That leaves your partner’s super which had similar draw downs but she/he kept working so there’s been 9% going in to that each year. When you split up you get to split that super but that just means there’s a lot less for both of you. And one of you gets to continue in her/his job which they’ve been in for more than 10 years earning more so adding to their super at a greater rate. The part timer on the other hand is going to struggle to make substantial contributions for a while, if ever. Even more so if the kids are still at school. Sadly, I see it in my clients all the time.

I really hope you don’t find yourself sitting in my office one day trying to work out a budget on half of what you live off now. If you think it’s hard saving for a deposit in your 20s when you don’t really have many responsibilities, wait until you are 45 with little kids and debt.

That’s scary.

What aren’t they telling us.

What they are downplaying – because they are politicians – is this money has to be payed back, with interest, when you sell your house.

So lets do some simple separation maths.

Median Perth house price is $622,000, so lets say a first home buyer is looking in the $400,000 to $500,000 range. 20% deposit @ $400,000 = $80,000. Neither of you have enough super for 40% to = $80,000 so you take 40% out of each of your supers to get as close as you can. lets say that equals $55,000. That is a very nice chunk of the $80,000 so no problems.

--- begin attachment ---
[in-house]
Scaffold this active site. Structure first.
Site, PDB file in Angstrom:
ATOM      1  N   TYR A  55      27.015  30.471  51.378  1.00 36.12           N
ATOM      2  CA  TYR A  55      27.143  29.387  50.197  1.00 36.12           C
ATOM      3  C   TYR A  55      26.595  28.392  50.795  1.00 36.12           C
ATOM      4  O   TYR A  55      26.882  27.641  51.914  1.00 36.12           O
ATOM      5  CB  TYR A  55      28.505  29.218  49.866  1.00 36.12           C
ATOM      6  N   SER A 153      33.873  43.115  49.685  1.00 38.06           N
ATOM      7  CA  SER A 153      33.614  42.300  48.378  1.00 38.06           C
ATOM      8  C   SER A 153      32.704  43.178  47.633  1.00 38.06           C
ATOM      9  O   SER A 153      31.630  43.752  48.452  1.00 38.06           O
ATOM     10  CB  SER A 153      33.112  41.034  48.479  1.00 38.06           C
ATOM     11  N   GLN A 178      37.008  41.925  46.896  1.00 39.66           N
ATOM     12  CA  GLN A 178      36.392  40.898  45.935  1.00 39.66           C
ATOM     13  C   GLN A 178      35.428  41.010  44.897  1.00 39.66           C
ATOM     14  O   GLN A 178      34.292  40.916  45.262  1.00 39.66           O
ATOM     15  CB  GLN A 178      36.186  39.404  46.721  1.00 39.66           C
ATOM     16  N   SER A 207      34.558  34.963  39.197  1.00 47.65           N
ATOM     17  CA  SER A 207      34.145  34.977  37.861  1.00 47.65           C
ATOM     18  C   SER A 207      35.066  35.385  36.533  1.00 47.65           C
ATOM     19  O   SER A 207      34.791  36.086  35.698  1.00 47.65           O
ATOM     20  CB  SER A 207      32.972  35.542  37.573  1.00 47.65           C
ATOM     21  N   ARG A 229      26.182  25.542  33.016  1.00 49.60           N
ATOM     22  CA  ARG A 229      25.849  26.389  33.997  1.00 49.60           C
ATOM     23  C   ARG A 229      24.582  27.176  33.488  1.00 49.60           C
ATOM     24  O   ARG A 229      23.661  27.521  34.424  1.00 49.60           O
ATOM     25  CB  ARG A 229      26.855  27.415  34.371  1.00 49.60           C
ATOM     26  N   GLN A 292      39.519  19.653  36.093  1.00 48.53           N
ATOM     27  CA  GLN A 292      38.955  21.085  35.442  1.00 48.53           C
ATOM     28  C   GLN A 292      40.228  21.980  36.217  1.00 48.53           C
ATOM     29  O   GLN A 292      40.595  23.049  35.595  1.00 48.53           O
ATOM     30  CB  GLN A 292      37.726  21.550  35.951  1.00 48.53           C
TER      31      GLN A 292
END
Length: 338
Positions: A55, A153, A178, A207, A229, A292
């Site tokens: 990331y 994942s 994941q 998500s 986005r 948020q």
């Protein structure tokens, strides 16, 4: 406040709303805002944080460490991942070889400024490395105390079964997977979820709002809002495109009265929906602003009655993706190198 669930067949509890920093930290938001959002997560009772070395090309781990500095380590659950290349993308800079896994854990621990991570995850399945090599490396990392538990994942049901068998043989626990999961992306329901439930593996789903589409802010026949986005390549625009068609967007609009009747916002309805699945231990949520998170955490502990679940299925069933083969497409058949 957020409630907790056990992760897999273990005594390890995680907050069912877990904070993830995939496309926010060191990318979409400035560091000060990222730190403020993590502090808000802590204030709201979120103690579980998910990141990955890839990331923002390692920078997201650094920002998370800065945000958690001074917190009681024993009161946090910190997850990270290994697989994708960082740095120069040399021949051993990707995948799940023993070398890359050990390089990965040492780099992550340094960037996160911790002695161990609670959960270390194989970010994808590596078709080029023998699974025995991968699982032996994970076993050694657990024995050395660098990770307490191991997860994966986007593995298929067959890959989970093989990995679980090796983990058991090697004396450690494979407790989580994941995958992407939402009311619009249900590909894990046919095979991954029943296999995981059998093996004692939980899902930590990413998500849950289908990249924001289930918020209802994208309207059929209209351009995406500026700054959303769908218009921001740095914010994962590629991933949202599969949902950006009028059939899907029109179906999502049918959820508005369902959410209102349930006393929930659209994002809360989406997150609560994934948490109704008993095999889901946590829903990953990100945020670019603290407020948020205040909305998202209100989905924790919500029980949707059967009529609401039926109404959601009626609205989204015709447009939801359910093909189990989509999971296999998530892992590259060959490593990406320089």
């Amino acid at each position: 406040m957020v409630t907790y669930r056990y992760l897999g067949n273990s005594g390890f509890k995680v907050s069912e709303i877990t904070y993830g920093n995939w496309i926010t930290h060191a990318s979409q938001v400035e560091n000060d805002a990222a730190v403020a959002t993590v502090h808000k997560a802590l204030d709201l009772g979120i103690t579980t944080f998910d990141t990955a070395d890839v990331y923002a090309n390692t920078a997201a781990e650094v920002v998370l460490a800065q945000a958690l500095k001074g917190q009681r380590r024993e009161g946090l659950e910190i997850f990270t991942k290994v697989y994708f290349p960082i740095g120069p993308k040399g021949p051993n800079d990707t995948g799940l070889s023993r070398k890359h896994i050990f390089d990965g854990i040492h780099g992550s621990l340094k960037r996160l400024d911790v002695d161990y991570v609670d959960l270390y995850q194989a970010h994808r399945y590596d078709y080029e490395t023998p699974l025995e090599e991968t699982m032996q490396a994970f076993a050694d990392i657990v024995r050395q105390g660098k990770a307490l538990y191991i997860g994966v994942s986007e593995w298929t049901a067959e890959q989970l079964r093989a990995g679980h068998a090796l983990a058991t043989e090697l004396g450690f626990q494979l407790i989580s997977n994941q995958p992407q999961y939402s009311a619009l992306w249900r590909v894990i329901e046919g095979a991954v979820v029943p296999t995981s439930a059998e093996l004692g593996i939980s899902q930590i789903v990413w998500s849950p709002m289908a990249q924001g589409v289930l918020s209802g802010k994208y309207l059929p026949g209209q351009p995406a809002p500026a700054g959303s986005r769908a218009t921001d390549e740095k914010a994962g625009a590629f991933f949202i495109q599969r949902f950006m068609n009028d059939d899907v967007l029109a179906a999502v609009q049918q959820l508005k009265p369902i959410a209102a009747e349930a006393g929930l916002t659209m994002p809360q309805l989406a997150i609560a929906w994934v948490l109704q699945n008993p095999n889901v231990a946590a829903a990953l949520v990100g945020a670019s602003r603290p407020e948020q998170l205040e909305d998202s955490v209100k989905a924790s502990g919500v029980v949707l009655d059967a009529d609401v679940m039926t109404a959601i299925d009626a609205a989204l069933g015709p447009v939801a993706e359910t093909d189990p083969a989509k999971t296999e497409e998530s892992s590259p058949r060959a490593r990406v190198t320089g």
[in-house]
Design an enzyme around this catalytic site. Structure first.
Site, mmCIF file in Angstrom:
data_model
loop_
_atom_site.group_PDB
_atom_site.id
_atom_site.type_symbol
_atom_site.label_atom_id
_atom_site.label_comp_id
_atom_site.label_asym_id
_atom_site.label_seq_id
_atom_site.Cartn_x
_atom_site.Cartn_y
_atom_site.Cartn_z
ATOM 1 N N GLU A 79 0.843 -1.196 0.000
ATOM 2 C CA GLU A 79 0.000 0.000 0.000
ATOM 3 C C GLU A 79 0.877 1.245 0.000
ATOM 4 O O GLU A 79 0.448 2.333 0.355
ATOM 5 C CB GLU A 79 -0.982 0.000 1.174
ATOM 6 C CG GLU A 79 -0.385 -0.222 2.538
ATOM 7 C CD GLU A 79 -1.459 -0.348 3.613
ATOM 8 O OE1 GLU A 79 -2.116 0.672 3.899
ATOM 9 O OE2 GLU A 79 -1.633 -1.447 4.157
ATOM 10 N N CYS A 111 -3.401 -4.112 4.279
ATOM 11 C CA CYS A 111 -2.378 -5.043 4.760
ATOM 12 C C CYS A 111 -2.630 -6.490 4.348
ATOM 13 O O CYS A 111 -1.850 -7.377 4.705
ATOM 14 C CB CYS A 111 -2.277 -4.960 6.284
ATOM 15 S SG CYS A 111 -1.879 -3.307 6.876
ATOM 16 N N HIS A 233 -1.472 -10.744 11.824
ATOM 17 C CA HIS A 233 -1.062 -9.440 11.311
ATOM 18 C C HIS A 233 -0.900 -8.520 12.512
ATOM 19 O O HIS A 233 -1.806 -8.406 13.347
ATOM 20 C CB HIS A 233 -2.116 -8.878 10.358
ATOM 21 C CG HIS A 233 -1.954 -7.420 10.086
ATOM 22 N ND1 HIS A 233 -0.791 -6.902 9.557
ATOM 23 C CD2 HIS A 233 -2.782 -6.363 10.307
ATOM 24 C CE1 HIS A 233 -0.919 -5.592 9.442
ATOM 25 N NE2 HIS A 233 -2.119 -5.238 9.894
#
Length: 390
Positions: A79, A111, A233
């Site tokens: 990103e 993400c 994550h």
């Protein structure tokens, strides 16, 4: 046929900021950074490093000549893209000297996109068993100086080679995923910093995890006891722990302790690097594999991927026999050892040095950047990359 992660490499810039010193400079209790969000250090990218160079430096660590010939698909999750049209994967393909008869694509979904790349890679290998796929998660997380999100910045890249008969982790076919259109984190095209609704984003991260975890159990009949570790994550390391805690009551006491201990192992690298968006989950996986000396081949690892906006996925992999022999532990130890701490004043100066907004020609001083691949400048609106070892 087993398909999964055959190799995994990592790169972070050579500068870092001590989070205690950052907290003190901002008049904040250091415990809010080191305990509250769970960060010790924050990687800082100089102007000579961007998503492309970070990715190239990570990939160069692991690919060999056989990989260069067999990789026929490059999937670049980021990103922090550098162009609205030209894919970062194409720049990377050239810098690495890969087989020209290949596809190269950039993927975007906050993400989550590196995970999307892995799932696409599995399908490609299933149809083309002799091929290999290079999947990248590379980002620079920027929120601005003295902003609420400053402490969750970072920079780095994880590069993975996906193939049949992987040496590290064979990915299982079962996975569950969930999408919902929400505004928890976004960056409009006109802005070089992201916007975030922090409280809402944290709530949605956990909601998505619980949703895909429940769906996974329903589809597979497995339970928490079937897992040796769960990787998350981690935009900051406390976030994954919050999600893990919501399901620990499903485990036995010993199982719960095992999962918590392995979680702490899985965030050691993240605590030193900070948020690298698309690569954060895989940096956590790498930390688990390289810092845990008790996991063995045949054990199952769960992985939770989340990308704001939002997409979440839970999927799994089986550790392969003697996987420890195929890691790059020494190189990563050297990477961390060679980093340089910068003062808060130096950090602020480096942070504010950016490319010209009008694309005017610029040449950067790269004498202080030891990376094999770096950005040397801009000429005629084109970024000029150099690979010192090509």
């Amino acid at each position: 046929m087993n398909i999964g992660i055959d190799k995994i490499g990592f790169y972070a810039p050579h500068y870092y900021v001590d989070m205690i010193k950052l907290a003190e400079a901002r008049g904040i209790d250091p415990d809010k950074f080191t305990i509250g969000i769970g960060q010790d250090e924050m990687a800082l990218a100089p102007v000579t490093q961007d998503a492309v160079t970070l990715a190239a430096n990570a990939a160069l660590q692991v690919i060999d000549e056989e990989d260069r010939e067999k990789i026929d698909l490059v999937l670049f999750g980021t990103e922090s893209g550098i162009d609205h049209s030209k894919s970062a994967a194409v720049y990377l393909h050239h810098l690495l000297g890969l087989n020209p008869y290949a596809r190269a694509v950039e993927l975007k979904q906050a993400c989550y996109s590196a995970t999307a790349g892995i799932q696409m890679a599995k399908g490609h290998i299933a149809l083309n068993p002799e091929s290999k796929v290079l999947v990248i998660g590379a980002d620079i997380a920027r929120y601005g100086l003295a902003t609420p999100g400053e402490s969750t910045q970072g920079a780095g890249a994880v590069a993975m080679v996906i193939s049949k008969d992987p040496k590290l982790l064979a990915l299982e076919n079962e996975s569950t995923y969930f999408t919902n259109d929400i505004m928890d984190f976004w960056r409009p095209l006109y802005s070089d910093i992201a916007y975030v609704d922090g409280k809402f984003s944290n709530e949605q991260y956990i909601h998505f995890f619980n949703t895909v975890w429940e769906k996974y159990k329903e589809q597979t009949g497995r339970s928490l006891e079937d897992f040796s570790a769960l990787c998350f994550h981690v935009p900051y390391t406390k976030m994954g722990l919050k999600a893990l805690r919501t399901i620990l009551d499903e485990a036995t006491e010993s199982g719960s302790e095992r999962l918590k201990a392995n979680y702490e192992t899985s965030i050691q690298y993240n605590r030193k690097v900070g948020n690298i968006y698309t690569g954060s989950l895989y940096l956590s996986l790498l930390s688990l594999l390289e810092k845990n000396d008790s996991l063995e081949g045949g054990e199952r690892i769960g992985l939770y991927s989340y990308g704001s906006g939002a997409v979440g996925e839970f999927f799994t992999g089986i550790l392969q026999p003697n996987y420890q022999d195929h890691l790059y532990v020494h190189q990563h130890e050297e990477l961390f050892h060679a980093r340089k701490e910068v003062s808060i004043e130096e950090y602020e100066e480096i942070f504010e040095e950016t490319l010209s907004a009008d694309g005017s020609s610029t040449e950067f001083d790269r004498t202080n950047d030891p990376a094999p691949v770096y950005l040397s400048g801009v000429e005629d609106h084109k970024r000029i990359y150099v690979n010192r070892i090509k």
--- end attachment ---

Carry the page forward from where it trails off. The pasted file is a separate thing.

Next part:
It’s a short term sugar hit of a policy. And if you believe the politicians it’s one that wont even cost you anything.

10 years later you are still in the family home and the kids are 9, 7 and 5. Things are a little rocky and you are looking at splitting up. Good news is the market has been good and you have chipped away at the mortgage so you now have $300,000 equity. So if you sell you are looking at having about $150,000 each for deposits on two new houses. Nice, and workable. But under ScoMo’s plan you need to pay back the $55,000 plus a chunk of the equity to your combined super. You pay Capital Gains Tax at your prevailing tax rate so that will probably be 32.5% of the capital gain so on top of the $55,000 you will also need to pay in $81,250. So that leaves you $81,875 each.

So 10 years later you work part time and have three kids to look after and you have a 20% deposit on a $400,000 house – if you can find one for that because the median house price will now be $822,000 or more.

Thanks ScoMo.

It’s a super asset.

When people come in to my office super is their biggest asset. Not their house, their super. And having a reasonable super balance gives them so many options they wouldn’t have without that asset. Options to keep family homes or sell them, options to stay in a suburb or have to move to a new one, options to be a stay at home parent or have to find full time work.

And for the parent who has taken time off to raise the kids – usually women but more and more often men – it’s your combined super that is your safety net. For the parent stepping back combined super may basically be the only super they have and if you have taken 40% of it for a house you are now forced to sell – boom market or bad market- that person will be the one taking the big hit.

The stay at home parent takes one for the team. They step back, take a hit, and earn less based on the idea that we are a team and you will take care of me. But if the teamwork is over and you are on your own that hit is life long. That parent – most often the woman who earns 70% of a man anyway – who stepped back to look after the kids will earn less for the rest of their working life. And with less super at the time of separation and less super going in for the rest of their working life that hit will carry on into retirement. So the one taking it for the team, takes it for life.